If you click on the source link, you can get more of a sense of the illustrators' style. They had a great illustration for "The Wild Swans" of the prince who ends up still with one arm a wing, but I thought you might like this fairly hot (in an overly pretty way) picture from Tales of Greeks and Trojans:


(source)


asakiyume: (black crow on a red ground)
Have people read this? I had heard about it and was mildly curious because of the child protagonist, but not curious enough to overcome my dislike of zombie stories. Then I read Amal El-Mohtar and Max Gladstone's comments on the movie (here), which really interested me--so I read it.

I reviewed it on Goodreads. I did indeed like Melanie, the young protagonist. As expected, I didn't much care for a lot of the mainstay things that you apparently need to have in a zombie/horror story, but I could just page on by.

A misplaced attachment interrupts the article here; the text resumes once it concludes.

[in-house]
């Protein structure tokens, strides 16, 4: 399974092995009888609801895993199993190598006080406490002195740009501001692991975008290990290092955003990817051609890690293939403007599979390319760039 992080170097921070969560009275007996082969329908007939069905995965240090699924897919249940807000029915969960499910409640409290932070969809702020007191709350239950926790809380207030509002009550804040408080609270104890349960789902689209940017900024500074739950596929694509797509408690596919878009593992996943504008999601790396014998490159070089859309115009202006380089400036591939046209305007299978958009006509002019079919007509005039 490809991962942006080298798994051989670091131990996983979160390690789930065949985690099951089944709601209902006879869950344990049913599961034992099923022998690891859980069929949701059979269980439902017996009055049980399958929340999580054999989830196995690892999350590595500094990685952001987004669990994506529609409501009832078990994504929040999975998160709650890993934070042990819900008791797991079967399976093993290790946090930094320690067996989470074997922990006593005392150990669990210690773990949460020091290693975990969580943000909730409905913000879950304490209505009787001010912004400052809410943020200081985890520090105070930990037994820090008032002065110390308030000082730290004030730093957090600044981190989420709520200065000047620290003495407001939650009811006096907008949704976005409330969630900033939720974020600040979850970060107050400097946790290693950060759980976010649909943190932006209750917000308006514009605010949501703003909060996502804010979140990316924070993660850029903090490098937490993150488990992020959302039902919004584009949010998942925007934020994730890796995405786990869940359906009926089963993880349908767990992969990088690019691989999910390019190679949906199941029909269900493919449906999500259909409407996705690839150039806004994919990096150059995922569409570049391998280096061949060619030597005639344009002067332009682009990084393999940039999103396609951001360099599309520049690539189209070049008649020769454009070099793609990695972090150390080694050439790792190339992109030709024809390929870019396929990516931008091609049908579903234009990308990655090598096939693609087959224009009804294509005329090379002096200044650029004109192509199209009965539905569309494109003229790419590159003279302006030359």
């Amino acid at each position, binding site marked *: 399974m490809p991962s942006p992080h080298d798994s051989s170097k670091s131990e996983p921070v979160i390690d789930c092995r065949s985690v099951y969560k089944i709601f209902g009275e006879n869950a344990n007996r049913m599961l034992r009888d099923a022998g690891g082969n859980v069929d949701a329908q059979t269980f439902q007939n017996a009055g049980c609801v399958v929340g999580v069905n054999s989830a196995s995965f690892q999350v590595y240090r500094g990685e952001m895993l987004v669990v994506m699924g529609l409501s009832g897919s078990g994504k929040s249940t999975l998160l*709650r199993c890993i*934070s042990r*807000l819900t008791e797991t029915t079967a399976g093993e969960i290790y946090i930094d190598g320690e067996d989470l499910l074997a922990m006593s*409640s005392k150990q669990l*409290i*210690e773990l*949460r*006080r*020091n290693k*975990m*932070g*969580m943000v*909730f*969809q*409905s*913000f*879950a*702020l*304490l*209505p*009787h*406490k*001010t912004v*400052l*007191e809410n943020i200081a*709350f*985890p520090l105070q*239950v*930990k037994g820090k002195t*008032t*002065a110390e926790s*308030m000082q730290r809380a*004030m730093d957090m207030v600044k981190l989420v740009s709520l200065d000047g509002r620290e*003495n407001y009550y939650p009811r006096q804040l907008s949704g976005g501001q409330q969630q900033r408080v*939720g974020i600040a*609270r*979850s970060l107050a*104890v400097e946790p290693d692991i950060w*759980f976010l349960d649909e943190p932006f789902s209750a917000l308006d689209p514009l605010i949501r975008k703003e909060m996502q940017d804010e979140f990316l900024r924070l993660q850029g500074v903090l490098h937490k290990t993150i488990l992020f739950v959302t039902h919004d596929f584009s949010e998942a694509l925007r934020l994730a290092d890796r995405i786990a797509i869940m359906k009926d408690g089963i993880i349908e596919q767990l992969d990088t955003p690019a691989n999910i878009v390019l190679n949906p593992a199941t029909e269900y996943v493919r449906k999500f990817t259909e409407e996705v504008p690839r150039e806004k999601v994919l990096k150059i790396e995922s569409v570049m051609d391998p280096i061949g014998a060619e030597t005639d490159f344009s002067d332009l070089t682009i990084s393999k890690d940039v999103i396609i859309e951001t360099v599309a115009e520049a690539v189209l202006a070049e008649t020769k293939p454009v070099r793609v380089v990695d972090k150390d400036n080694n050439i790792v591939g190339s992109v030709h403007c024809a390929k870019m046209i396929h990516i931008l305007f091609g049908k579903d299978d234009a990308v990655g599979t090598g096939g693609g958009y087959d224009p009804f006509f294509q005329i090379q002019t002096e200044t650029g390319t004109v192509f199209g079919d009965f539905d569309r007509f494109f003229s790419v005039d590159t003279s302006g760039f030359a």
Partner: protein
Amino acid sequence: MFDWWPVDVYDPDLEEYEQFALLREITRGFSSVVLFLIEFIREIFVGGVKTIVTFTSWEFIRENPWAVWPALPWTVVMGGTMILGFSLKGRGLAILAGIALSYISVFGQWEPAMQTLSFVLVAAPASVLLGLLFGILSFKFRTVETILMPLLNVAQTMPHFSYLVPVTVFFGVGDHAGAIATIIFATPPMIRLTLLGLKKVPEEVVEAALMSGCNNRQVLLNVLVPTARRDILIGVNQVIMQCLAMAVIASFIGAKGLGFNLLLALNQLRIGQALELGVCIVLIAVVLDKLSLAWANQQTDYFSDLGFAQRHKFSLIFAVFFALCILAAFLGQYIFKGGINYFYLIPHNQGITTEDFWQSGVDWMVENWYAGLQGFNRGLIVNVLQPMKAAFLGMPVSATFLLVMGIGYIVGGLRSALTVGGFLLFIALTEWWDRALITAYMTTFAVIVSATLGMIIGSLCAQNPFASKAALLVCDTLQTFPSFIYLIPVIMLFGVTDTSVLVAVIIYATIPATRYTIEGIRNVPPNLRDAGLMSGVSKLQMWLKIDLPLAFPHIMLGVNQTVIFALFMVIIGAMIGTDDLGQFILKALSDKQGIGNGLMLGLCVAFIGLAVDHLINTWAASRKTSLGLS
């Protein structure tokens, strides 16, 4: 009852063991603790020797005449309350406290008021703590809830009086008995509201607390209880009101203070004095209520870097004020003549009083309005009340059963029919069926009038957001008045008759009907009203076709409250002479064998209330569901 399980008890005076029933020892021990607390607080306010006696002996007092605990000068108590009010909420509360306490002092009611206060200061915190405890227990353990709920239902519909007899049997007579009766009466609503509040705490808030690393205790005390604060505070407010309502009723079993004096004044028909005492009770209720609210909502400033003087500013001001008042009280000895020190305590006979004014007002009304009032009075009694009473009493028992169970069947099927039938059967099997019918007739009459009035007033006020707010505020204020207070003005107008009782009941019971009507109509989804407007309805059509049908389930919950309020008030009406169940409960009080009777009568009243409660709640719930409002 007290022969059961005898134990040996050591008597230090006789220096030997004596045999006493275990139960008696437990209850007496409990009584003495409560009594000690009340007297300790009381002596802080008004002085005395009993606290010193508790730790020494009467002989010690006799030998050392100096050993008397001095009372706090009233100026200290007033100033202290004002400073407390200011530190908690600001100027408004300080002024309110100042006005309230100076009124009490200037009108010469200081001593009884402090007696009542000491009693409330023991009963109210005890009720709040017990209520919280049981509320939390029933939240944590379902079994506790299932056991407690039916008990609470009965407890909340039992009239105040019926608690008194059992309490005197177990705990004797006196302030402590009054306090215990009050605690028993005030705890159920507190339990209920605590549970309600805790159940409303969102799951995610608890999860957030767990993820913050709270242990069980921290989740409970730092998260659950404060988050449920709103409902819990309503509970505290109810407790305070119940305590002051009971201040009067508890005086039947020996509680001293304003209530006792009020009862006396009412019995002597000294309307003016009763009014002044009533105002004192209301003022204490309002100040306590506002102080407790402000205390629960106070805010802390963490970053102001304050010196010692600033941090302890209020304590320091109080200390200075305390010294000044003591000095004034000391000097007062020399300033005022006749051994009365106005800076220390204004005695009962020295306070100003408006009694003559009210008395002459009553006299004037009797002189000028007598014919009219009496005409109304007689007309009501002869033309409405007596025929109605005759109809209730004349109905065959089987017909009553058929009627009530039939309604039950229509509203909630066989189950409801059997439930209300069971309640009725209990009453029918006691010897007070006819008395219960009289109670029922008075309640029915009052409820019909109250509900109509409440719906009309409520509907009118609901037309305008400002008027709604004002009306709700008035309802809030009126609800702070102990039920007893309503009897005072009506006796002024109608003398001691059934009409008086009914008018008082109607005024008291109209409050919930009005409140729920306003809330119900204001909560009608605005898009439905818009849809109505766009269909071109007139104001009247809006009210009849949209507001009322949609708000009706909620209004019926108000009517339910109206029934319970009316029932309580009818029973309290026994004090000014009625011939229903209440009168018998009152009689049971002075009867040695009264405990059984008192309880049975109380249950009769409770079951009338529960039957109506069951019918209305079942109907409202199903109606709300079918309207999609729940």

The thing that got me was the ending--so this discussion should only be for people who've either read the book/seen the movie or don't mind spoilers.

Discussion about the ending )
asakiyume: (Em reading)






I have a good collection of things on the go/just finished.

Just Finished
The Boston Girl, by Anita Diamant. It's a novel in the form of reminiscences of an 85-year-old Jewish grandmother, Addy, talking to her granddaughter, Ada, in 1985. It was delightful. The voice reminded me so much of my own grandmother's voice, even though my grandmother was Italian, not Jewish. The picture of immigrant life in Boston in the 1910s and 1920s felt absolutely genuine to me because my grandmother has said similar things. I liked Addy tremendously. Here's a quote--she's reminiscing about a camp that she was lucky to be able to attend in her teens: